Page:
Sarah Palin has done what I don't think even the death of Osama bin Laden could do. I never thought the day would come, but she makes me think, "I'd rather have four more years of a Bush presidency than even two years of a Palin one." Palin is the Republicans' way of saying, "You thought Bush was bad? Let's see if we can do any worse." And the hungry masses cried out, "Yes, we can!"

Seriously, you guys. I was half-joking before. But now I'm not. If John McCain becomes president, I am seriously moving to another country. A McCain presidency would establish once and for all that Bob Herbert was right in Saturday's times, and this nation truly is dominated by dimwits. It saddens me to reach this realization, but I suppose it is far better to grasp things as they really are than to persist in delusion.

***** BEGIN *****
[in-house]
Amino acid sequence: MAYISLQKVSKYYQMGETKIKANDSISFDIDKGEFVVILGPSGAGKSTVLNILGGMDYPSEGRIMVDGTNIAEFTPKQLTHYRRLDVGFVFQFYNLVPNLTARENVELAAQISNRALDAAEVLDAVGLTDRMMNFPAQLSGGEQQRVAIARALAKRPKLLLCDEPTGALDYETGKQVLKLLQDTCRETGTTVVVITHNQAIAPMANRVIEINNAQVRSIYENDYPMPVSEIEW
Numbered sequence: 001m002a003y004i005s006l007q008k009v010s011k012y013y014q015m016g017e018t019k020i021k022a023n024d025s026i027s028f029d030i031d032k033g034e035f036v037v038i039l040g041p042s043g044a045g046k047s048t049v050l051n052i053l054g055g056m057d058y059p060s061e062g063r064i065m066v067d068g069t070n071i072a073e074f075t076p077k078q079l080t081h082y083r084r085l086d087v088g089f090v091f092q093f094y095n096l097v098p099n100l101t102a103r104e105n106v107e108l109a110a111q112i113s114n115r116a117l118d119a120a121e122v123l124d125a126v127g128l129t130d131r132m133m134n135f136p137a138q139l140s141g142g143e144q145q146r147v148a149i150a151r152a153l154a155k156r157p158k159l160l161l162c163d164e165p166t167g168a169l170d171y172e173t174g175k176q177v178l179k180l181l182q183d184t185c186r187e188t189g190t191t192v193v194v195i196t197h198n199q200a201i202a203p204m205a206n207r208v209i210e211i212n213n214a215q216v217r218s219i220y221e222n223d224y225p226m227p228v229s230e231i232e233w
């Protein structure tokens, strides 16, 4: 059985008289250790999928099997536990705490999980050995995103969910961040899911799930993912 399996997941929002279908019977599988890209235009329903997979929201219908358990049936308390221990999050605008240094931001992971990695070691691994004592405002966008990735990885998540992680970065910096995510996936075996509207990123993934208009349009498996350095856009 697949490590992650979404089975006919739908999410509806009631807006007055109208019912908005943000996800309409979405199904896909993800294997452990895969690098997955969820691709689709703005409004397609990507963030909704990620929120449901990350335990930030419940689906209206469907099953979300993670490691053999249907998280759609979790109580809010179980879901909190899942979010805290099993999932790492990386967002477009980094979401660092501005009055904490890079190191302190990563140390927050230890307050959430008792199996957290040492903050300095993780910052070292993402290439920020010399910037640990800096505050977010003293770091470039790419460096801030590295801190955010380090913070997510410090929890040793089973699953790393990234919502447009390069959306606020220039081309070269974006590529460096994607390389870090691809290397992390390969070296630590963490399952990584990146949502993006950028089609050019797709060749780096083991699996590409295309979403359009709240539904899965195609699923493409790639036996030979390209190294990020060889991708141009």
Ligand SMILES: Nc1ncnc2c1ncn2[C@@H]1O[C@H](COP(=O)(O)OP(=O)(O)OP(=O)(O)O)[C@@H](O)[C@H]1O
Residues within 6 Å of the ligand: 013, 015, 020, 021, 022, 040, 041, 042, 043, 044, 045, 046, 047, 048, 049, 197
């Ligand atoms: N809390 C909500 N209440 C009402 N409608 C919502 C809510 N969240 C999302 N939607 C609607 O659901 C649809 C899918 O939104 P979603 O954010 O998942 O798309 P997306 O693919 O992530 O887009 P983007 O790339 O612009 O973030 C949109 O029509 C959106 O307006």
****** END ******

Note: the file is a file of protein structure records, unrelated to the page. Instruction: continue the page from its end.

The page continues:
America is sort of like the Titanic. Yeah it's a beautiful ship, but the motherfucker is so clearly slowly yet certainly sinking. And if we don't all of us get off soon enough, she may suck us down with her. I'm gettin' outta here and, if you're smart, you'll take my hand like you want to live.

Or she's like the girl you used to love, who has been transformed by the douches she's dated into something quite different: something average and purely ordinary. These assholes have run my country into the ground.

The comedy isn't funny any more. It's like a Ricky Gervais comedy, that starts off funny until the patheticism starts to become real. Take this:



At first I thought he misheard the question. It was like someone asked him how he would make America stronger and Old Man McCain quipped, "I like pecan pie!" But it turns out this is the best his campaign can spin for Palin's foreign policy credentials.

"Energy?" Really? WTF?

Make no mistake: energy is an important aspect of national security. But it's not national security. It's got its own freakin' department, and the Sec of Energy doesn't sit on the NSC.